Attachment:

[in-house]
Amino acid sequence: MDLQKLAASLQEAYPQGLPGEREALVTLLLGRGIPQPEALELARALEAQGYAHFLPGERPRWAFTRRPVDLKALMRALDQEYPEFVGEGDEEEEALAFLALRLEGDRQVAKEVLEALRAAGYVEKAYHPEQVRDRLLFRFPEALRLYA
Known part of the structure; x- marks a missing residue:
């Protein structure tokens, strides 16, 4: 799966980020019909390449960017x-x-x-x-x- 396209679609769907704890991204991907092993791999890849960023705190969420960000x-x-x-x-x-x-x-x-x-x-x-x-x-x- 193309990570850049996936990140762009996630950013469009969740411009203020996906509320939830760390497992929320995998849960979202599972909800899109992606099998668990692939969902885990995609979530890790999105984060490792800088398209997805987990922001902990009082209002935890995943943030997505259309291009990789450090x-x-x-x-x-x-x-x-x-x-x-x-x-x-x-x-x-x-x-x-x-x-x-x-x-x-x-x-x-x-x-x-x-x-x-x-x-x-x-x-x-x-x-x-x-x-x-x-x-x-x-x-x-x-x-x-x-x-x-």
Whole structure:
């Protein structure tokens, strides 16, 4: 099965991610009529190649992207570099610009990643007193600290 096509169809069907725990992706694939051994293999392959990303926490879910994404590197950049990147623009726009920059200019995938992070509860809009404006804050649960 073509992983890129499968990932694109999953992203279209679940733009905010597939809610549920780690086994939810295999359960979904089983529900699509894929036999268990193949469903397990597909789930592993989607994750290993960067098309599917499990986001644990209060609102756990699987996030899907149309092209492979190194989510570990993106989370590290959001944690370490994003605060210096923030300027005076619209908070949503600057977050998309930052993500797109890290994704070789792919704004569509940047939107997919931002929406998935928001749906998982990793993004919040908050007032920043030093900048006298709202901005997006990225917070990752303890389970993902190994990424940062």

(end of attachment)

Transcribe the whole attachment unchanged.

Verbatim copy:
[in-house]
Amino acid sequence: MDLQKLAASLQEAYPQGLPGEREALVTLLLGRGIPQPEALELARALEAQGYAHFLPGERPRWAFTRRPVDLKALMRALDQEYPEFVGEGDEEEEALAFLALRLEGDRQVAKEVLEALRAAGYVEKAYHPEQVRDRLLFRFPEALRLYA
Known part of the structure; x- marks a missing residue:
């Protein structure tokens, strides 16, 4: 799966980020019909390449960017x-x-x-x-x- 396209679609769907704890991204991907092993791999890849960023705190969420960000x-x-x-x-x-x-x-x-x-x-x-x-x-x- 193309990570850049996936990140762009996630950013469009969740411009203020996906509320939830760390497992929320995998849960979202599972909800899109992606099998668990692939969902885990995609979530890790999105984060490792800088398209997805987990922001902990009082209002935890995943943030997505259309291009990789450090x-x-x-x-x-x-x-x-x-x-x-x-x-x-x-x-x-x-x-x-x-x-x-x-x-x-x-x-x-x-x-x-x-x-x-x-x-x-x-x-x-x-x-x-x-x-x-x-x-x-x-x-x-x-x-x-x-x-x-």
Whole structure:
């Protein structure tokens, strides 16, 4: 099965991610009529190649992207570099610009990643007193600290 096509169809069907725990992706694939051994293999392959990303926490879910994404590197950049990147623009726009920059200019995938992070509860809009404006804050649960 073509992983890129499968990932694109999953992203279209679940733009905010597939809610549920780690086994939810295999359960979904089983529900699509894929036999268990193949469903397990597909789930592993989607994750290993960067098309599917499990986001644990209060609102756990699987996030899907149309092209492979190194989510570990993106989370590290959001944690370490994003605060210096923030300027005076619209908070949503600057977050998309930052993500797109890290994704070789792919704004569509940047939107997919931002929406998935928001749906998982990793993004919040908050007032920043030093900048006298709202901005997006990225917070990752303890389970993902190994990424940062």